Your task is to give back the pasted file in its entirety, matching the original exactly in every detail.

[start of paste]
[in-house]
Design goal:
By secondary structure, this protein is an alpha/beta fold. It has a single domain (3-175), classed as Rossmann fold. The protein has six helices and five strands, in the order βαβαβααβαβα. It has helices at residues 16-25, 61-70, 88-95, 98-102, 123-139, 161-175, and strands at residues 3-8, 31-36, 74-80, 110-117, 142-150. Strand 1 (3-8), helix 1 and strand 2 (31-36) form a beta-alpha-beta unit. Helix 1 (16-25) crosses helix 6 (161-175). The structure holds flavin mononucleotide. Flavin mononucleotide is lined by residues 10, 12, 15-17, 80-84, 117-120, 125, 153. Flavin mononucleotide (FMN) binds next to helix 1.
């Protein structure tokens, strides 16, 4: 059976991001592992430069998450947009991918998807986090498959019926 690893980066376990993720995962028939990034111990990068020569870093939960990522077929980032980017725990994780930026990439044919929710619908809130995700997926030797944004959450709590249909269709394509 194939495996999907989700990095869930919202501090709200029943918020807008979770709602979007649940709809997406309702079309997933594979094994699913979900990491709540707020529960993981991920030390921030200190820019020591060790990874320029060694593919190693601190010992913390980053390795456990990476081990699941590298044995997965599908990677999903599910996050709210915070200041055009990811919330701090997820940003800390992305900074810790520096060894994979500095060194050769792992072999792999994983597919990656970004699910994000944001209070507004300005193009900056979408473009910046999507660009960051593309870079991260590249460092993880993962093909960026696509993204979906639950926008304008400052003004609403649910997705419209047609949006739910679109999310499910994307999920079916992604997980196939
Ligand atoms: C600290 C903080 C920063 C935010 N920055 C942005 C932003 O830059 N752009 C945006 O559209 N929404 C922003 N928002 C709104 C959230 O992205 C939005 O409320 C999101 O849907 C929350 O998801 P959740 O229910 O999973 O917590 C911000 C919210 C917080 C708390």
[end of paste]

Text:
[in-house]
Design goal:
By secondary structure, this protein is an alpha/beta fold. It has a single domain (3-175), classed as Rossmann fold. The protein has six helices and five strands, in the order βαβαβααβαβα. It has helices at residues 16-25, 61-70, 88-95, 98-102, 123-139, 161-175, and strands at residues 3-8, 31-36, 74-80, 110-117, 142-150. Strand 1 (3-8), helix 1 and strand 2 (31-36) form a beta-alpha-beta unit. Helix 1 (16-25) crosses helix 6 (161-175). The structure holds flavin mononucleotide. Flavin mononucleotide is lined by residues 10, 12, 15-17, 80-84, 117-120, 125, 153. Flavin mononucleotide (FMN) binds next to helix 1.
């Protein structure tokens, strides 16, 4: 059976991001592992430069998450947009991918998807986090498959019926 690893980066376990993720995962028939990034111990990068020569870093939960990522077929980032980017725990994780930026990439044919929710619908809130995700997926030797944004959450709590249909269709394509 194939495996999907989700990095869930919202501090709200029943918020807008979770709602979007649940709809997406309702079309997933594979094994699913979900990491709540707020529960993981991920030390921030200190820019020591060790990874320029060694593919190693601190010992913390980053390795456990990476081990699941590298044995997965599908990677999903599910996050709210915070200041055009990811919330701090997820940003800390992305900074810790520096060894994979500095060194050769792992072999792999994983597919990656970004699910994000944001209070507004300005193009900056979408473009910046999507660009960051593309870079991260590249460092993880993962093909960026696509993204979906639950926008304008400052003004609403649910997705419209047609949006739910679109999310499910994307999920079916992604997980196939
Ligand atoms: C600290 C903080 C920063 C935010 N920055 C942005 C932003 O830059 N752009 C945006 O559209 N929404 C922003 N928002 C709104 C959230 O992205 C939005 O409320 C999101 O849907 C929350 O998801 P959740 O229910 O999973 O917590 C911000 C919210 C917080 C708390």